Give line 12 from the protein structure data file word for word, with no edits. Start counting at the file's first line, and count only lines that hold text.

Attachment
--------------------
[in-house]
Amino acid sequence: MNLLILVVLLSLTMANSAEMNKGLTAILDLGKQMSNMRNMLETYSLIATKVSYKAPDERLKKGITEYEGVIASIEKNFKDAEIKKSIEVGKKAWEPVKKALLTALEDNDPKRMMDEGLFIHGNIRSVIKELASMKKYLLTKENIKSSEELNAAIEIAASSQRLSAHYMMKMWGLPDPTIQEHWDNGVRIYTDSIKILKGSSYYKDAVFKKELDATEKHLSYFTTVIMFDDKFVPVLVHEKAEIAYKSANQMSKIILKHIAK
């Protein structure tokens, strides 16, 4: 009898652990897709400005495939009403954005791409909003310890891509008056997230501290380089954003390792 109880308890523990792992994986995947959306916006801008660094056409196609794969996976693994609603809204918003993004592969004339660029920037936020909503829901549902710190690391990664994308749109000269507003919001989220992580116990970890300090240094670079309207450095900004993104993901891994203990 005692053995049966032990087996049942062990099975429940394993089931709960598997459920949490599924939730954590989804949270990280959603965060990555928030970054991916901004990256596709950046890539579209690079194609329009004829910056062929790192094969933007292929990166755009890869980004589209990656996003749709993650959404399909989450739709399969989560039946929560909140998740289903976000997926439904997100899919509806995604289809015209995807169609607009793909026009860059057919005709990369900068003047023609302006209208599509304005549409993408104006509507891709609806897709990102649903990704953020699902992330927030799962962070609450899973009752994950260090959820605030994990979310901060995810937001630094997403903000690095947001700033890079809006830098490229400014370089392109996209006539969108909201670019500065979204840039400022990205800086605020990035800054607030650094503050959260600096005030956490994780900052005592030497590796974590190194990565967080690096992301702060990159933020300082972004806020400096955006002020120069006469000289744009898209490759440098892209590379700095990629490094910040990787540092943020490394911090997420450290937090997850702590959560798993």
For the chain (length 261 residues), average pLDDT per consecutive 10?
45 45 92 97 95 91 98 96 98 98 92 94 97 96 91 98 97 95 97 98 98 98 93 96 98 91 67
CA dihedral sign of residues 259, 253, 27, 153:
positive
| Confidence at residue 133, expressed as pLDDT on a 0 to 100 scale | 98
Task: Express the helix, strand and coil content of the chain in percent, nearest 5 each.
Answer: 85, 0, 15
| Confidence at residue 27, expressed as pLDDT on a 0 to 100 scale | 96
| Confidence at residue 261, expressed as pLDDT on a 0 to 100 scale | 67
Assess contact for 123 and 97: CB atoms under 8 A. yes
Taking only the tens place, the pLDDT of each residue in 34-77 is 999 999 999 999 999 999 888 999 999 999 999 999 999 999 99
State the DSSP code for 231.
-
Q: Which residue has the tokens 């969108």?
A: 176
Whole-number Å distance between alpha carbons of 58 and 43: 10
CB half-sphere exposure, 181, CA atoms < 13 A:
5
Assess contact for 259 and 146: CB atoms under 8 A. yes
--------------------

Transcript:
| Confidence at residue 261, expressed as pLDDT on a 0 to 100 scale | 67